In Defense of Animals, et al. v. US Dept. of the Interior, et al.
This interlocutory appeal arose from an action instituted in the district court to stop the government from rounding up, destroying, and auctioning off wild horses and burros in the Twin Peaks Herd Management Area on the California-Nevada border. Plaintiffs alleged that the government's actions would violate the Wild Free-Roaming Horses and Burros Act (Wild Horses Act), 16 U.S.C. 1331 et seq., and the National Environmental Policy Act (NEPA), 42 U.S.C. 4321 et seq. The court held that the injunction was moot because the roundup sought to be enjoined had taken place. The court noted that, in the event plaintiffs prevailed on the merits of their claims, the district court should consider what relief was appropriate.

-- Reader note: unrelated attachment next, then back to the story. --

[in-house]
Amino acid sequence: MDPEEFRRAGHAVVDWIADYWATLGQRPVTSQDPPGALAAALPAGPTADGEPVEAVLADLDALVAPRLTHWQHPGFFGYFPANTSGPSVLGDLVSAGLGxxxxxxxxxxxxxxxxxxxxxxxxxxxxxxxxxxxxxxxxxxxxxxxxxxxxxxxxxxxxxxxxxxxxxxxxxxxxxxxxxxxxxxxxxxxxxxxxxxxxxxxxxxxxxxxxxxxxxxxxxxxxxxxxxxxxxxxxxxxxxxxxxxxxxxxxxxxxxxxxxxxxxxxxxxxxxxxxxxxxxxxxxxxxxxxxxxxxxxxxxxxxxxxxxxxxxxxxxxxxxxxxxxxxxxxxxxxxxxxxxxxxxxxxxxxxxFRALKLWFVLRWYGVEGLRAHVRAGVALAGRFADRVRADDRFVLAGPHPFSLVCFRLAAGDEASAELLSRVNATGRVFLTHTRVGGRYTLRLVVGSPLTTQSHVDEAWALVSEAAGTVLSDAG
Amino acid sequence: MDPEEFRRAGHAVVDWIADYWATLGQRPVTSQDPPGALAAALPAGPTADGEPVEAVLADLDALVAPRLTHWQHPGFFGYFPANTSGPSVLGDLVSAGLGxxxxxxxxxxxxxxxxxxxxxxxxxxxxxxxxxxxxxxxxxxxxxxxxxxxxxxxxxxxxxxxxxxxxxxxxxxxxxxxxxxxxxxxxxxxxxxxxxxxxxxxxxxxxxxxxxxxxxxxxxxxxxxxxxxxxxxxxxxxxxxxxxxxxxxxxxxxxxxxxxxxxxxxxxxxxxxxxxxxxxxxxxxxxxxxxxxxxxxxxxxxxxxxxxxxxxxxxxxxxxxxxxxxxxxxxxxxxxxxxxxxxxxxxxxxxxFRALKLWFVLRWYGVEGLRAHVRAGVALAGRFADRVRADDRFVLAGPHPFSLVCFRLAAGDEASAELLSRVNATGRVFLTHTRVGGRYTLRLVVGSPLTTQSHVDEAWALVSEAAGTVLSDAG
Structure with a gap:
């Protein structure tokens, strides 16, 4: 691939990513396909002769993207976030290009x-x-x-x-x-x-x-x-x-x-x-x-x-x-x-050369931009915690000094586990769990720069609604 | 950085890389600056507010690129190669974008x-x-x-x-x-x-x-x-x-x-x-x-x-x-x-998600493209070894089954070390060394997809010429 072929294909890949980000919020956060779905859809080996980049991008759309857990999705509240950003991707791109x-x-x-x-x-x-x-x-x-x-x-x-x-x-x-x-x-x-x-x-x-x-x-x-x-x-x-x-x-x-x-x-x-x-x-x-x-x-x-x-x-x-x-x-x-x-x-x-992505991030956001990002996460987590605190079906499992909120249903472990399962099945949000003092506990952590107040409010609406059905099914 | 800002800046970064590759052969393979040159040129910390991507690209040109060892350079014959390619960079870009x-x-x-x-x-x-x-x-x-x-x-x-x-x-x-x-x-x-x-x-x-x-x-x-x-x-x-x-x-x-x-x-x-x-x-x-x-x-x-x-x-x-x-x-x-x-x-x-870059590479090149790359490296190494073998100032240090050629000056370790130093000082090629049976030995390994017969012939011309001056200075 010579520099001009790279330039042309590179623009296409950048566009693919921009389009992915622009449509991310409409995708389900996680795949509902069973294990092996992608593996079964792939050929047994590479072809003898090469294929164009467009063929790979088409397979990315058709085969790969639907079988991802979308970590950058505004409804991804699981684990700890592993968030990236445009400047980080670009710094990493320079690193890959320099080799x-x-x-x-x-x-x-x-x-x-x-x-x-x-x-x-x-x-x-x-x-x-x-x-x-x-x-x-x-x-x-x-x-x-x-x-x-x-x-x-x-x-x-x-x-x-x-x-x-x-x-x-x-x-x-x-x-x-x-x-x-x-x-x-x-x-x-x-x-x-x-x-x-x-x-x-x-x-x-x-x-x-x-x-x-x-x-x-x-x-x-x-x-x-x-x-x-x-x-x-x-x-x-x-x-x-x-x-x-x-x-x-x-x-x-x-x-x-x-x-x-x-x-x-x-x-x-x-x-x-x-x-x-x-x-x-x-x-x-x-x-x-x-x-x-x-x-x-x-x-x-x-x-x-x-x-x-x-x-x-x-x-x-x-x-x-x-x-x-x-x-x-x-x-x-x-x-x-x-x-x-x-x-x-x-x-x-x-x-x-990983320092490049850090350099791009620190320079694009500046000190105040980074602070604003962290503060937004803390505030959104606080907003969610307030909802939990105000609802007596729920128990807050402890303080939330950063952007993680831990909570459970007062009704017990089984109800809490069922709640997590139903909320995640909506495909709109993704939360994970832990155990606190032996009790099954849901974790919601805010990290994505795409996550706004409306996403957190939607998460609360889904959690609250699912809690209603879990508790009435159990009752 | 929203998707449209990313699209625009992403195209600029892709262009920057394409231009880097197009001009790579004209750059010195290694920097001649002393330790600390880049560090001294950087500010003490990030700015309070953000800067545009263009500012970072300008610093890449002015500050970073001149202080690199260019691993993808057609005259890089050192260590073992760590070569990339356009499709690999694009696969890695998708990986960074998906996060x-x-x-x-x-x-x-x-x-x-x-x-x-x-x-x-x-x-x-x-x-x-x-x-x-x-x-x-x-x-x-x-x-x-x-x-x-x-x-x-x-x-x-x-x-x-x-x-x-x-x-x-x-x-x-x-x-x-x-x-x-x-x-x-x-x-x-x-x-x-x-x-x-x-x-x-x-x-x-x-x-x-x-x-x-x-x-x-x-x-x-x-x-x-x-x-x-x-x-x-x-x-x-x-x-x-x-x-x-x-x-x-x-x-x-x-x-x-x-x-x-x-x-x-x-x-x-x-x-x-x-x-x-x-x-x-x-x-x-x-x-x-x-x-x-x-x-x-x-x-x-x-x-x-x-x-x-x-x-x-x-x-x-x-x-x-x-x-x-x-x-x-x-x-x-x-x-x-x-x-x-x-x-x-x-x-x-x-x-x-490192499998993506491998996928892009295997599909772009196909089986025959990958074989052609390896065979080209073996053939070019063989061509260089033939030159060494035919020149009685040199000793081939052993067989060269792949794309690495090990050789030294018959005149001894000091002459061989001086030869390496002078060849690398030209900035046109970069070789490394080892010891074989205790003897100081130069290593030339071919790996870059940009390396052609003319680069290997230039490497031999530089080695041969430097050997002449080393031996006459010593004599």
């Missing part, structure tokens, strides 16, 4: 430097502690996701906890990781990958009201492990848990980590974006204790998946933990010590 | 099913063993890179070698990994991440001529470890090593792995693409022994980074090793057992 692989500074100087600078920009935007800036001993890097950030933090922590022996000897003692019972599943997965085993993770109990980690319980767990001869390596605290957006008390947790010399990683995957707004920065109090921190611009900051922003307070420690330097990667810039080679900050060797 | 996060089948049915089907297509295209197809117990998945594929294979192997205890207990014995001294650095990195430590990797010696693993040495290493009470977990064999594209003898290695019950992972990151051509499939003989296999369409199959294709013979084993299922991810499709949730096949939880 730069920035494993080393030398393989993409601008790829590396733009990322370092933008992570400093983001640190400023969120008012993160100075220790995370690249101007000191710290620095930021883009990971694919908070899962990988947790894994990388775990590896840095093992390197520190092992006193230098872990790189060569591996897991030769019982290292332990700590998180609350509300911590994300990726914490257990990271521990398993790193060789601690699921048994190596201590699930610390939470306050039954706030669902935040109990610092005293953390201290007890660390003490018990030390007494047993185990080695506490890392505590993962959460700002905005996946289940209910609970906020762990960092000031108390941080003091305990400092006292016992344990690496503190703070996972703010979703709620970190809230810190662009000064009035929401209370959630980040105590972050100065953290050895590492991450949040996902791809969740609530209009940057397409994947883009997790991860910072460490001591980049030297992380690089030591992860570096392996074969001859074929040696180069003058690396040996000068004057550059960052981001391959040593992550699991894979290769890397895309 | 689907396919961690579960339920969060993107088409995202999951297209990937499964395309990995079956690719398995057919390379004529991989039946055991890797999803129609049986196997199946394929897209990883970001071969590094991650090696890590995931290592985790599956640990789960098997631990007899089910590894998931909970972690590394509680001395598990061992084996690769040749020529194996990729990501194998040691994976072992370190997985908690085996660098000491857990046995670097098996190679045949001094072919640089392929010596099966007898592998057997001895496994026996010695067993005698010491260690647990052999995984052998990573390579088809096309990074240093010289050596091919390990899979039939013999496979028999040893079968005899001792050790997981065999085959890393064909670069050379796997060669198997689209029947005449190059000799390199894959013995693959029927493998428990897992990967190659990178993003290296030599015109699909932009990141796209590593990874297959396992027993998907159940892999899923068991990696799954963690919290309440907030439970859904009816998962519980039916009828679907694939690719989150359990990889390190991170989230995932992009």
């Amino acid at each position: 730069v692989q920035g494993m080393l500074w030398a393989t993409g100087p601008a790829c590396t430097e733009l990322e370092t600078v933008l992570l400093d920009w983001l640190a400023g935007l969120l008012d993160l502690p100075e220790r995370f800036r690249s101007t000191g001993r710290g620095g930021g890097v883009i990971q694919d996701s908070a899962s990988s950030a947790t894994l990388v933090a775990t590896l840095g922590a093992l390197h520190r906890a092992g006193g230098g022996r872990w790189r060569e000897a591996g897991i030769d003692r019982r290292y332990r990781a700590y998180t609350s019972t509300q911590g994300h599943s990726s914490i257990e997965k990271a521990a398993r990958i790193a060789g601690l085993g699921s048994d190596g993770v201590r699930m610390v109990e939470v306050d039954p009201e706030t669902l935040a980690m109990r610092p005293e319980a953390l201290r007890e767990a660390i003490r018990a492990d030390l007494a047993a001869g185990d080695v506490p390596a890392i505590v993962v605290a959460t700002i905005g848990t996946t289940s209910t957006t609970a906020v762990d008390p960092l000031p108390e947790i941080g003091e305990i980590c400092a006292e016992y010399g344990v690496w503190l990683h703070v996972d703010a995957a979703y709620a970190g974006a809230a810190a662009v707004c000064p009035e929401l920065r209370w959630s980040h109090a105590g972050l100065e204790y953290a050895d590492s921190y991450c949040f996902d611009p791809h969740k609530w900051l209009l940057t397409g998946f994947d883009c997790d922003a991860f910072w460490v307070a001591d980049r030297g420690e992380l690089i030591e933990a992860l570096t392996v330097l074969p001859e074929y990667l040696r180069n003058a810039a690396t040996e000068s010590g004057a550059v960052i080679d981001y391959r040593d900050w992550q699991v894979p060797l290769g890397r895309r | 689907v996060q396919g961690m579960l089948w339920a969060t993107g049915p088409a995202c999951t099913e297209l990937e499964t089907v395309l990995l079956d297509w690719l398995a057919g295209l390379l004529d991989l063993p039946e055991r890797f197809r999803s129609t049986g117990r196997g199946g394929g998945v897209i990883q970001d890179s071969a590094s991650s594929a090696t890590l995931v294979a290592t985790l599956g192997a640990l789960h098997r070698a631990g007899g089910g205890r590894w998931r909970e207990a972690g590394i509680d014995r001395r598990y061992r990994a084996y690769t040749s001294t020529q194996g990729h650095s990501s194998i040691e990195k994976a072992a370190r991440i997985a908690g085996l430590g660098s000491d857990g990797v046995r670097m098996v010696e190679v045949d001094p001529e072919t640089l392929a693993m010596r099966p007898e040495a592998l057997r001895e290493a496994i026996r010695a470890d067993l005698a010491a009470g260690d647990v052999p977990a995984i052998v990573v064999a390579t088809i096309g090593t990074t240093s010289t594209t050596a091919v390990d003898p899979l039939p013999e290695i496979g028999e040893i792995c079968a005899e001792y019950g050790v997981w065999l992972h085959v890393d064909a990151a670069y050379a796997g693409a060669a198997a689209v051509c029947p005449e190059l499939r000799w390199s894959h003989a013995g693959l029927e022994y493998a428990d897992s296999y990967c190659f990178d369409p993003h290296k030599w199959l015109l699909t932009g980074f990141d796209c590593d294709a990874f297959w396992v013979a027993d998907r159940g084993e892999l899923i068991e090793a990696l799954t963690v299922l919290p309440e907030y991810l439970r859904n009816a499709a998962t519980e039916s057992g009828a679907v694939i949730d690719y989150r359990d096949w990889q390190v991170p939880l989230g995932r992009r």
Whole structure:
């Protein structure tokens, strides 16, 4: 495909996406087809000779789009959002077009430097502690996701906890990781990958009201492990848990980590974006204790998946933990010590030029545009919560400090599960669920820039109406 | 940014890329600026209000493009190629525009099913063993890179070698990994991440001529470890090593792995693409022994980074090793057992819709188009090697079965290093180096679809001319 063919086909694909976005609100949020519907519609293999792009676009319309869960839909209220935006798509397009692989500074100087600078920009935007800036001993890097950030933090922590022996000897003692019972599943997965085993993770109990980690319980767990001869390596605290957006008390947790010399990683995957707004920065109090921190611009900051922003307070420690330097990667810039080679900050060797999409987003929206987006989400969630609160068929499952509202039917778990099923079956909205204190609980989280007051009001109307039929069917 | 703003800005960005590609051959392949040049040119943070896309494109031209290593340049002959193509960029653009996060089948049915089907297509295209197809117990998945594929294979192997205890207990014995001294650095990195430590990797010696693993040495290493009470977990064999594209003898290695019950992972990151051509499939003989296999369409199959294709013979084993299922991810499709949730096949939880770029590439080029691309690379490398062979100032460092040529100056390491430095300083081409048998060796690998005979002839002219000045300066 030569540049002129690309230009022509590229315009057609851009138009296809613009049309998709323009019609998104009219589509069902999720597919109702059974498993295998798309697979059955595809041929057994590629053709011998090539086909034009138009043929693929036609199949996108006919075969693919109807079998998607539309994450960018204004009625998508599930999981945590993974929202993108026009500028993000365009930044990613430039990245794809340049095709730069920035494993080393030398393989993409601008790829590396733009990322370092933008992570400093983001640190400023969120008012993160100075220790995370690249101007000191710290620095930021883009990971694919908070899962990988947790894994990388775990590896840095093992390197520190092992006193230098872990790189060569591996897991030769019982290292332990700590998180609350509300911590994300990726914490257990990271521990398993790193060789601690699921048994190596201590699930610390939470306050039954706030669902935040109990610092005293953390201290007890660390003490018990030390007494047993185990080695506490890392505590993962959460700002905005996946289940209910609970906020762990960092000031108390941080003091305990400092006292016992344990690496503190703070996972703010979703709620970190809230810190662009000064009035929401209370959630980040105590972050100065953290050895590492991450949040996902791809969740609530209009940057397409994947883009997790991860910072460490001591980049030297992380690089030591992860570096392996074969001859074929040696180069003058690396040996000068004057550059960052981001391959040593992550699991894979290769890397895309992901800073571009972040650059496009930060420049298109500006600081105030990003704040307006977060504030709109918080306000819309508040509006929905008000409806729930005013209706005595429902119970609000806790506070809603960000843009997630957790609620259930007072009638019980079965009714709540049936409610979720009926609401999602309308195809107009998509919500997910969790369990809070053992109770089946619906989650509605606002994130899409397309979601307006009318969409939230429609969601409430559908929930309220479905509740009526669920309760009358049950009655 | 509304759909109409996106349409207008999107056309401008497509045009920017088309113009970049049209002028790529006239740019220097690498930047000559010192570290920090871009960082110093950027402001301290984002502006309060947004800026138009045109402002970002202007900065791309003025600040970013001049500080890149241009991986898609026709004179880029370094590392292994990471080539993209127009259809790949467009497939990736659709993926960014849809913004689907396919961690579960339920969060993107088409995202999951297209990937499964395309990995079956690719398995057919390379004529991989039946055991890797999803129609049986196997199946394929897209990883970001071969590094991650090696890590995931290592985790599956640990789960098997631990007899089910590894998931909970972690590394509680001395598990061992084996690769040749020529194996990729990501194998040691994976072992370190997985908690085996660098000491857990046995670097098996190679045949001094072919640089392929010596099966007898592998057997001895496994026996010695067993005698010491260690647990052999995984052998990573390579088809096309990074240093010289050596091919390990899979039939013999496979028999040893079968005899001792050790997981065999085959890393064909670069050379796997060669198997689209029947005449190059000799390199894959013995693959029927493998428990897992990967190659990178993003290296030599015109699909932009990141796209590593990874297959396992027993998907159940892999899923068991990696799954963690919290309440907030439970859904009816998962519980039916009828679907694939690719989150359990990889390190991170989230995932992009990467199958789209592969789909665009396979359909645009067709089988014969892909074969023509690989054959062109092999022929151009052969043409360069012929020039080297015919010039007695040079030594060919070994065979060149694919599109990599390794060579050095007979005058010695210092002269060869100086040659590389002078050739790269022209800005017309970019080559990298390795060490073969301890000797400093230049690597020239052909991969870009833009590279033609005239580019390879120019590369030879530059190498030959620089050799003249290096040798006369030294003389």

Conservation Force, et al. v. Salazar, et al.
This case involved the seizure and administrative forfeiture of two leopard trophies by the United States Fish and Wildlife Service from two hunters (plaintiffs) who attempted to import the leopards from African countries without proper export permits. Plaintiffs contended that the district court erred in dismissing their Civil Asset Forfeiture Reform Act of 2000 (CAFRA) claim for lack of jurisdiction. The court held that the district court properly held that plaintiffs' CAFRA claim was barred from judicial review where plaintiffs received proper notice of the proposed forfeitures; plaintiffs chose to pursue an administrative path and filed petitions for remission and petitions for supplemental remission; and plaintiffs' choice to pursue such administrative remedies waived the opportunity for judicial forfeiture proceedings. Accordingly, the court affirmed the dismissal of the action.